By Ed GippleDownload PDF (348KB)
While many larger companies have already transitioned into e-Learning and embrace it as a vital component of their overall training efforts, many mid-size and smaller companies have been waiting on the sidelines observing how the technology, methods, and costs evolve. As with any relatively new industry, things have indeed changed and evolved. Many new products and technologies are available and, in general, the industry has matured. These new options have made e-Learning much more achievable for smaller companies with limited resources and budgets.
However, with the new choices come complexity and the need to understand how the pieces all fit together. The purpose of this article is to assist you in understanding what the pieces of the solution are, along with the associated choices that you will have to make. While there are many new possibilities, there are also many potential pitfalls that if not understood, can cause delay, frustration, increased costs, and disappointing results.
The key to success is in understanding what the possibilities are and how they map into your needs and requirements. This article is a roadmap of the decisions that you need to make along with the pros and cons of the different options that should be considered.
Content versus System
To begin with, it is important to realize that any on-line training solution should be divided into two key components. First, there is the content which consists of your lessons, courseware, quizzes etc. Secondly, there is the infrastructure or system that you will use to deliver the content. The system will perform all of the management, tracking, reporting, and administrative functionality. The system that provides this infrastructure is generically called a Learning Management System (LMS) and is a software program or web application that you will either develop or purchase. The key point to make is that these two components, content and system, are separate and should be addressed individually.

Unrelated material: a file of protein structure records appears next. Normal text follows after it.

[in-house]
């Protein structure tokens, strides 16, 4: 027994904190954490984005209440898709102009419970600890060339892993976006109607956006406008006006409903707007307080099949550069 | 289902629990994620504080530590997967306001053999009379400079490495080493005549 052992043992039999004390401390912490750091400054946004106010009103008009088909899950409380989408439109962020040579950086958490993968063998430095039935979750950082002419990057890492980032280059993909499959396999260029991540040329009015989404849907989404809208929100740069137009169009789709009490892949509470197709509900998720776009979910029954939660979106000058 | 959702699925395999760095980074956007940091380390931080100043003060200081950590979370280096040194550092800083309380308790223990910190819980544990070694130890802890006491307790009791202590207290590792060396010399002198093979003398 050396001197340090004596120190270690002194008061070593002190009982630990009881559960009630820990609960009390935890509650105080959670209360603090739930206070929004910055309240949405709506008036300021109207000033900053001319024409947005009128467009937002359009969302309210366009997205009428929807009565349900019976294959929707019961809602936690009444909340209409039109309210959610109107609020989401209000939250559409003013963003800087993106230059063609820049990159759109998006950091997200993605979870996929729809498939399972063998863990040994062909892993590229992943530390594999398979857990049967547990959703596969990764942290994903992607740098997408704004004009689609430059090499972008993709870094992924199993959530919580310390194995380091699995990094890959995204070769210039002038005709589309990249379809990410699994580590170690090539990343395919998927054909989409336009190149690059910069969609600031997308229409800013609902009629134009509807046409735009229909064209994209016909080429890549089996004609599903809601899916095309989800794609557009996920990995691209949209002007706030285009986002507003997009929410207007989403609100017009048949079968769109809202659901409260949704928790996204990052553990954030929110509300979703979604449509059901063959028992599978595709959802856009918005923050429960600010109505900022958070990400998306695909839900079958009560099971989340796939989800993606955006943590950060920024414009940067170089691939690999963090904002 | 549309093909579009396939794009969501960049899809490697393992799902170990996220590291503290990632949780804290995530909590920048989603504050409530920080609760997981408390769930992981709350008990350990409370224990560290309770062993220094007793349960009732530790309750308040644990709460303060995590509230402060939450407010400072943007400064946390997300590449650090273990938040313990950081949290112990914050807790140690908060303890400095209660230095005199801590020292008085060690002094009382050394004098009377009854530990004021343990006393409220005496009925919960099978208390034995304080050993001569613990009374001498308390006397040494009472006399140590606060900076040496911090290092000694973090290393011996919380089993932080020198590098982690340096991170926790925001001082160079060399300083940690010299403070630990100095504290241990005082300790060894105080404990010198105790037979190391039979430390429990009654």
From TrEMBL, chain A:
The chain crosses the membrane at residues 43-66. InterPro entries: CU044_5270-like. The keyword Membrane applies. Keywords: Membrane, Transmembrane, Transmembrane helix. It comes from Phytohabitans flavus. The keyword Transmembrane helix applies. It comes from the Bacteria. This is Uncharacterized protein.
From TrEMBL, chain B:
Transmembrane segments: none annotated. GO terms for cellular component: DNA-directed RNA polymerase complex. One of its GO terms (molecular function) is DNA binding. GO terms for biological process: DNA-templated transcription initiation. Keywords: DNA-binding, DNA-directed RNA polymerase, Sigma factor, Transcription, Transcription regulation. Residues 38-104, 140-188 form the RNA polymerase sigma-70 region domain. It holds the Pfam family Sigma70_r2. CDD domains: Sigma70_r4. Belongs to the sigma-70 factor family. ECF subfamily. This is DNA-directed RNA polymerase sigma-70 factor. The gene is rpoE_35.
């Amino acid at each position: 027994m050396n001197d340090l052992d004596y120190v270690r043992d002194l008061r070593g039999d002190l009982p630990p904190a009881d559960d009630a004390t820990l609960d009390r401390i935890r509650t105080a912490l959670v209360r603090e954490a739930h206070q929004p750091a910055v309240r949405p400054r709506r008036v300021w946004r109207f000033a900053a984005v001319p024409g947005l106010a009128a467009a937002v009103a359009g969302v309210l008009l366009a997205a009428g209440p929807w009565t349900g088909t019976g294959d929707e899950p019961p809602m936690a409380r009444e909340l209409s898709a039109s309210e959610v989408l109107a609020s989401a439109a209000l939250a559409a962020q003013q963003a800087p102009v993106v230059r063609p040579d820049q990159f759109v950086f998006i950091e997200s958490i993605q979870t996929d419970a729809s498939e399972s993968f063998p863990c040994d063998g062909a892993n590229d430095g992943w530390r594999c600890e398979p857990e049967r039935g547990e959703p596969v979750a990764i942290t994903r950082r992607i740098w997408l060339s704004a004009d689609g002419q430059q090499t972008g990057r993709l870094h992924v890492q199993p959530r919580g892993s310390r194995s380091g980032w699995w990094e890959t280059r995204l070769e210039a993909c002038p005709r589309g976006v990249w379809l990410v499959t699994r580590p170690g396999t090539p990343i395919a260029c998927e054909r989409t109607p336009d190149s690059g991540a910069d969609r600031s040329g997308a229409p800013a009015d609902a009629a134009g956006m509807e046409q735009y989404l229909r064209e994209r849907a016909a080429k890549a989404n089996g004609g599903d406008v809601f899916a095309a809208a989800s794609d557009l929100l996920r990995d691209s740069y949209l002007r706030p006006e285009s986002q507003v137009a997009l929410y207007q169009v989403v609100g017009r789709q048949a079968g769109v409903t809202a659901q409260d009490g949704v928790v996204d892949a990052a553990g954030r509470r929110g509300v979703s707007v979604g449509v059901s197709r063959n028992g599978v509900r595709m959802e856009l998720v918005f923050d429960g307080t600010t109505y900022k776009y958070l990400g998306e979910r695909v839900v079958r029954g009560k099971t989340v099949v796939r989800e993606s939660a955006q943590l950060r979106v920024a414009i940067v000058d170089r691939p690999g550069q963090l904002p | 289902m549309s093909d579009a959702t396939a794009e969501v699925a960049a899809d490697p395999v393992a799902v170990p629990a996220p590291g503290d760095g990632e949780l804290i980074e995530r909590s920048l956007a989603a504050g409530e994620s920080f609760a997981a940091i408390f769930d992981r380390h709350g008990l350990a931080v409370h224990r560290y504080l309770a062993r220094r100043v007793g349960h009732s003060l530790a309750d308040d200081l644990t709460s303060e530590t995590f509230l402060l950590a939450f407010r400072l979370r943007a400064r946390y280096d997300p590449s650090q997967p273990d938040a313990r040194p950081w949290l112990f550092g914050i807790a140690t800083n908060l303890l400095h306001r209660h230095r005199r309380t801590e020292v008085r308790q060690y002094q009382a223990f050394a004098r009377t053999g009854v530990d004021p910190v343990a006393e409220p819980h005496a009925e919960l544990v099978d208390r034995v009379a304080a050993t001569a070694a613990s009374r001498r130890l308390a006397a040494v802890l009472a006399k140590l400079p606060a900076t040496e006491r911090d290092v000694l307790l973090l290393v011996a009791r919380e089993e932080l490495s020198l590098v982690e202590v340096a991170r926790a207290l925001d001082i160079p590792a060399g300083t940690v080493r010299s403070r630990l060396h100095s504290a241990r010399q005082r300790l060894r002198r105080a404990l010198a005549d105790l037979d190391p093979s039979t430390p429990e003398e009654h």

The SCORM Specification
So, we have these two pieces – the instructional content (or “courseware”) and the LMS. The key to allowing these two components to be separate is providing a framework for them to work and communicate with each other.
An analogy would be a CD and a CD-Player. You can be fairly confident that if you purchase a new audio CD and go home to play it, that it will work regardless of the brand of player that you have. The manufacturers of both the CDs and the CD players developed a common specification that allows for this type of plug and play interoperability.
The e-Learning industry has developed several specifications of its own whose goal is to allow courseware to be “plugged” into any LMS so that it can be properly launched and tracked. While there is some history behind the evolution of the specification, it is generally accepted that the prevailing industry standard is the Sharable Content Object Reference Model (SCORM) specification that was developed by the Advanced Distributed Learning (www.adlnet.gov) organization.
In laymen’s terms, it is this SCORM standard that allows courseware or Sharable Content Objects (SCOs) of all types to be loaded into any SCORM-compatible LMS. The LMS will be able to launch the SCO and communicate with it, so that things like status and quiz scores are passed from the SCO back to the LMS and recorded as part of the student’s records. The development of the SCORM specification is essentially what has allowed the e-Learning industry to make a clean division between LMS solutions and content/authoring solutions. This development has allowed for and encouraged the many new options with regard to purchasing: